It is Friday afternoon at Cooter’s Transmission, and the last of the day’s jobs are being wrapped up. Everyone is getting ready for spirits and good food at Buster’s Pub.
A Ford 6F35 from a 2015 Ford Explorer rebuilt earlier in the week is installed, and something is not right. John, the installer, puts it into gear after filling with ATF, and it doesn’t feel normal. It has a vibration like a broken mount. In Park and Neutral, the engine runs fine, but when in gear, it feels like something is dragging the engine RPM down.
Darrell, the diagnostic tech, uses the Verus Pro to examine the truck, noting that it wasn’t doing this when it came in—it had the typical slipping torque converter but ran great otherwise. He looks over the list of parts replaced: torque converter, solenoids and clutch kit—all common replacement items.
After looking at both engine and transmission data, John and Darrell decide to hook up a pressure transducer to the mainline pressure port on top of the case and perform a line pressure check. Upon checking, Park is at “55 PSI,” Reverse at “90 PSI min, stall 300 PSI” and Drive at “75 PSI min, stall 300 PSI,” which means there is no indication of line pressure faults. They were also able to operate line pressure solenoid while monitoring pressure with bidirectional scanner command and transducer. Next, they drive the truck briefly to see if all the gears function normally under a load, and find that the road test is good with all six gears and TCC. The only abnormalities are that shifts feel firm and clunky, coast downshift is pronounced and while idling in gear, it still feels like it wants to drag engine RPM down.
Another mechanic, Jeff, gets involved and asks: “Can’t you tell the converter lockup clutch plate is dragging? Let’s look at cooler flow.” The group decides to remove the cooler return pressure port on the back of the case and attach a flow meter diagnostic tool between the port with a hose, and then to the removed hose to cooler out. This port will check flow after the entire cooling system. After spending 15 minutes performing the cooler flow test, it’s normal at almost 1.4 gallons per minute while in Park/Drive at 1,200 RPM.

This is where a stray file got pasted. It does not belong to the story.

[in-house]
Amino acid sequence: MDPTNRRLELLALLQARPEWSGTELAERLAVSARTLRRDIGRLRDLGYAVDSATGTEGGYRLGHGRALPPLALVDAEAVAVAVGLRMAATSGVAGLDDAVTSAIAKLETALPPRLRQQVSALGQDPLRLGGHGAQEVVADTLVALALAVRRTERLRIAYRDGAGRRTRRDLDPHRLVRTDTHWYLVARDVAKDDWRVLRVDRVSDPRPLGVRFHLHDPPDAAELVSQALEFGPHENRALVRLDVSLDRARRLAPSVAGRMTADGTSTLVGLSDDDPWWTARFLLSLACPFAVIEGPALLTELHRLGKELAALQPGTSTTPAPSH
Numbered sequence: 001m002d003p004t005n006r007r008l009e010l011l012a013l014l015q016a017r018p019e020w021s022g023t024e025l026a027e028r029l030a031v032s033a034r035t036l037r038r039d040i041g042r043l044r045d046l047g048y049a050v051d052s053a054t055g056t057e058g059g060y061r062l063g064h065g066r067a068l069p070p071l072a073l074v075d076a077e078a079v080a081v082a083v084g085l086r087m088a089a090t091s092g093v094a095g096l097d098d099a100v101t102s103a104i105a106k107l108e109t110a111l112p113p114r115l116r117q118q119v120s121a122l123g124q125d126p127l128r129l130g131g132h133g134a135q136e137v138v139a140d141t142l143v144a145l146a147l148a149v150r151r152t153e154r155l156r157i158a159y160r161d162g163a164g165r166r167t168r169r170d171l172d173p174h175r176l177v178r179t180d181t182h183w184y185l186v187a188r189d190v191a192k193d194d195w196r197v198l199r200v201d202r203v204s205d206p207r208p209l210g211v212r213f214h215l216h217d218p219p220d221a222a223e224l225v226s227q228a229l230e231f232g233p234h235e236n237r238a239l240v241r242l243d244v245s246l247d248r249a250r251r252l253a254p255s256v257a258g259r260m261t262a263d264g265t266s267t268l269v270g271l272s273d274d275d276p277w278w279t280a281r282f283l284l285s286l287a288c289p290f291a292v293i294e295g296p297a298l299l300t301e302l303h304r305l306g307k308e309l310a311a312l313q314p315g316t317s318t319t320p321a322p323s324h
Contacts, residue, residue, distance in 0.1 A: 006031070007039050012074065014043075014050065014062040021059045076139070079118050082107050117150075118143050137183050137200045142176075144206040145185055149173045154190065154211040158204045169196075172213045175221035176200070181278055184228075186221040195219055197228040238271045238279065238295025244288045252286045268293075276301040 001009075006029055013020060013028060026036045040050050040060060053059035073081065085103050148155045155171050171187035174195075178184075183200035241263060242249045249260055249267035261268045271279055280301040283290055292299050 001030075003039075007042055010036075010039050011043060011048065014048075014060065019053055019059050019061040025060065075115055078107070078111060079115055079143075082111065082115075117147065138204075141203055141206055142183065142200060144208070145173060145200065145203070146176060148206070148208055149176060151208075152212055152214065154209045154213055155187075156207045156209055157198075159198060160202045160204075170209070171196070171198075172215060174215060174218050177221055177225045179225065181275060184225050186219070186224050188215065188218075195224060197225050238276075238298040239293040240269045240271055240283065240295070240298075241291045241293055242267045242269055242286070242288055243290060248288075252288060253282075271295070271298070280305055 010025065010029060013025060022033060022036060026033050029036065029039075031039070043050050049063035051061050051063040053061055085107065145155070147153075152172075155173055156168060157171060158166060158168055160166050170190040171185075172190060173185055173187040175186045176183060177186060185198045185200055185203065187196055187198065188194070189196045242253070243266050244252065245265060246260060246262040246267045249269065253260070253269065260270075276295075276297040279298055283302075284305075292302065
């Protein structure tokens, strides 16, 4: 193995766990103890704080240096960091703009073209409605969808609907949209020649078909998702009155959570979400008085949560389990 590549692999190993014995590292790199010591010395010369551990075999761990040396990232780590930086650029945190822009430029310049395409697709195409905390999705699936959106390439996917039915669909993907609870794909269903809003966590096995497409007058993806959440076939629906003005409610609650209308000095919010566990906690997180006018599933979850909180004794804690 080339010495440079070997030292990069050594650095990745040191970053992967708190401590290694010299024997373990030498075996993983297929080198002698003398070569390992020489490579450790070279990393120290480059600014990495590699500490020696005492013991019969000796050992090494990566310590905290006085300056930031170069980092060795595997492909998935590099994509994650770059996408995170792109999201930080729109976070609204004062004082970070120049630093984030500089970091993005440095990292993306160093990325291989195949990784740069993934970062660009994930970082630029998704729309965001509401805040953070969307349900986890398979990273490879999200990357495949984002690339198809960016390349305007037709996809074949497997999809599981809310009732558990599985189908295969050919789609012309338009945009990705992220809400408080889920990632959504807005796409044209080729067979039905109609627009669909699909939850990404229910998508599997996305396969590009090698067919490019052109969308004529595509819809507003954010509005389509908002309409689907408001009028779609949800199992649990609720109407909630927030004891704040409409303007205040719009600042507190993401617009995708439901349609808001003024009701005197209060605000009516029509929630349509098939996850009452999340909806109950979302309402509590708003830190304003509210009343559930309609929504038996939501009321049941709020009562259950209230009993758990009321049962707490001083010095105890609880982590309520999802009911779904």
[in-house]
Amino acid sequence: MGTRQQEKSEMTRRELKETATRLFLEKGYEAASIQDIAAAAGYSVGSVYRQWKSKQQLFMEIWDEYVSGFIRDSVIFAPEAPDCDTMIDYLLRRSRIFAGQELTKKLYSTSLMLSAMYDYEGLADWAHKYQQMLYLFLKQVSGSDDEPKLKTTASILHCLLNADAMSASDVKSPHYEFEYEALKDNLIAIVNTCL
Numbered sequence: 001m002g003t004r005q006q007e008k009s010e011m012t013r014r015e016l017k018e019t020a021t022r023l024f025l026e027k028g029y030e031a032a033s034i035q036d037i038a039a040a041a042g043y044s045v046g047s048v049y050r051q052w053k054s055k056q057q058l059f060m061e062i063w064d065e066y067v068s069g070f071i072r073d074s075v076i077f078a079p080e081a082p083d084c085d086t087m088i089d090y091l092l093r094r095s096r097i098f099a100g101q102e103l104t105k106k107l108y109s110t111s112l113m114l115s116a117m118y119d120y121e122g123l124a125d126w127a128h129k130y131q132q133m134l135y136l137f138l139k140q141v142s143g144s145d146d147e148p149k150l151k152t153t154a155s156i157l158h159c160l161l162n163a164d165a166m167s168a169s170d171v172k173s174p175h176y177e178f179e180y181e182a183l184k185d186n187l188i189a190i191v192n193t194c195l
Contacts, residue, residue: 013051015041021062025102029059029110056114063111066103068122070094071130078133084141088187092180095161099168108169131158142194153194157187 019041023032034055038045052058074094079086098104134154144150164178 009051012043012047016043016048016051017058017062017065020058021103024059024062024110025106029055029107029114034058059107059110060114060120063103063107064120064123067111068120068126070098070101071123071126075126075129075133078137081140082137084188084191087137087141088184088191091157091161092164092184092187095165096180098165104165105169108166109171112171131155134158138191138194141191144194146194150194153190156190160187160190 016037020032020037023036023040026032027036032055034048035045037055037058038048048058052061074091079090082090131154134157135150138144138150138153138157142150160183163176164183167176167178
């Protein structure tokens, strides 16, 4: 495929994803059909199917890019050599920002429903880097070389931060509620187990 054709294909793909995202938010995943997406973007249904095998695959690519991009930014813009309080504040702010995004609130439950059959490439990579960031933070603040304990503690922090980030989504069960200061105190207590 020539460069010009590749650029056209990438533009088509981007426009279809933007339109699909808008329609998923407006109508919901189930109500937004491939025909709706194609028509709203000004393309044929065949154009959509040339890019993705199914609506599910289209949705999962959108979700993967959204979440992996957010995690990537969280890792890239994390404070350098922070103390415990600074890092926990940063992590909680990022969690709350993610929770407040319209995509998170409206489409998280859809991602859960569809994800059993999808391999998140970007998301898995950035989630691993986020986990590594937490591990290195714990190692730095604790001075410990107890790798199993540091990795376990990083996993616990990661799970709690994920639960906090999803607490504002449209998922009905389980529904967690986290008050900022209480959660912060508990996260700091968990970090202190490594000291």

Jeff and Christian take the Explorer for a test drive. They return after 10 minutes, and Jeff says the stall speed RPM seems low. You really can’t check stall speed because it’s already at or lower than idle RPM. Something is wrong with the converter, he thinks.
At Buster’s later on, Jeff brings up the 6F35 converter, saying they were in the mall parking lot with no throttle, and the truck would drive aggressively all over. Christian says that the only thing that could ordinarily bring a converter stall speed that low would be the one-way clutch freewheeling in both directions. This, they then realize, is the problem.
How it happened
Let’s examine how all of this transpired. Ford’s EcoBoost is a performance engine, especially at high RPM. Coupling that to a 6F35 transmission, the converter is usually what suffers the most. Converters come in with lockup friction lining usually shredded from the front piston of the converter and the one-way clutch in the stator of the converter (Figure 1) blown through, especially with the 2.0-liter engine.
In Figure 1 (at the top of the page), the one-way clutch is okay; the inner race rotates clockwise. In Figure 2 (below), the one-way clutch is damaged and freewheeling in both directions. This is the actual problem the vehicle is experiencing. If you look at the damaged one-way clutch in Figure 2, it doesn’t really look bad visually. This is very easy for the converter rebuilder to miss when working on the unit.
Symptom: The vehicle exhibits a vibration-like feeling in gear and a sensation of trying to drag RPMs down. Stall speed is seemingly at an abnormally low RPM.
Test: In a parking lot, place selector in Drive range, release foot from brake. If the vehicle will drive aggressively with no throttle applied around the parking lot, then most likely the one-way clutch has failed and will require a replacement converter.
Thank you to Adolf Zierke who first discovered this complaint and to TavoMatic Transmission Parts for items utilized in this article.
Jim Mobley is a Sonnax technical communications specialist. He is a member of the Sonnax TASC Force (Technical Automotive Specialties Committee), a group of recognized industry technical specialists, transmission rebuilders and Sonnax Transmission Co. technicians.